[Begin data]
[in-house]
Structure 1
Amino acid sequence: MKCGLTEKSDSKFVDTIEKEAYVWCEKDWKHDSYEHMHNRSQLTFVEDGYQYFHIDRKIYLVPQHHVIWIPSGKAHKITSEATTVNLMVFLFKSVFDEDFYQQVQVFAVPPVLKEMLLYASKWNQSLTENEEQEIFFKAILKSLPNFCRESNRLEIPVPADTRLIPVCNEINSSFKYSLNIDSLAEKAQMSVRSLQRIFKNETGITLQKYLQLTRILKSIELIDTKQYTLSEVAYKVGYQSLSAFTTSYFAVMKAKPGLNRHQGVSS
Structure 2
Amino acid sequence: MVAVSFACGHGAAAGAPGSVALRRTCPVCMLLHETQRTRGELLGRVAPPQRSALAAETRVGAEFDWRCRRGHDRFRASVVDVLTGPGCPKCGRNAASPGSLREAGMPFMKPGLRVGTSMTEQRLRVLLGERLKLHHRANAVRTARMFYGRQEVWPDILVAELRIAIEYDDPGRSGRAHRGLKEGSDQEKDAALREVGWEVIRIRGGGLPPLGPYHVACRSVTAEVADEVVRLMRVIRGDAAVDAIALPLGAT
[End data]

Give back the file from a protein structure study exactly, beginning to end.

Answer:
[in-house]
Structure 1
Amino acid sequence: MKCGLTEKSDSKFVDTIEKEAYVWCEKDWKHDSYEHMHNRSQLTFVEDGYQYFHIDRKIYLVPQHHVIWIPSGKAHKITSEATTVNLMVFLFKSVFDEDFYQQVQVFAVPPVLKEMLLYASKWNQSLTENEEQEIFFKAILKSLPNFCRESNRLEIPVPADTRLIPVCNEINSSFKYSLNIDSLAEKAQMSVRSLQRIFKNETGITLQKYLQLTRILKSIELIDTKQYTLSEVAYKVGYQSLSAFTTSYFAVMKAKPGLNRHQGVSS
Structure 2
Amino acid sequence: MVAVSFACGHGAAAGAPGSVALRRTCPVCMLLHETQRTRGELLGRVAPPQRSALAAETRVGAEFDWRCRRGHDRFRASVVDVLTGPGCPKCGRNAASPGSLREAGMPFMKPGLRVGTSMTEQRLRVLLGERLKLHHRANAVRTARMFYGRQEVWPDILVAELRIAIEYDDPGRSGRAHRGLKEGSDQEKDAALREVGWEVIRIRGGGLPPLGPYHVACRSVTAEVADEVVRLMRVIRGDAAVDAIALPLGAT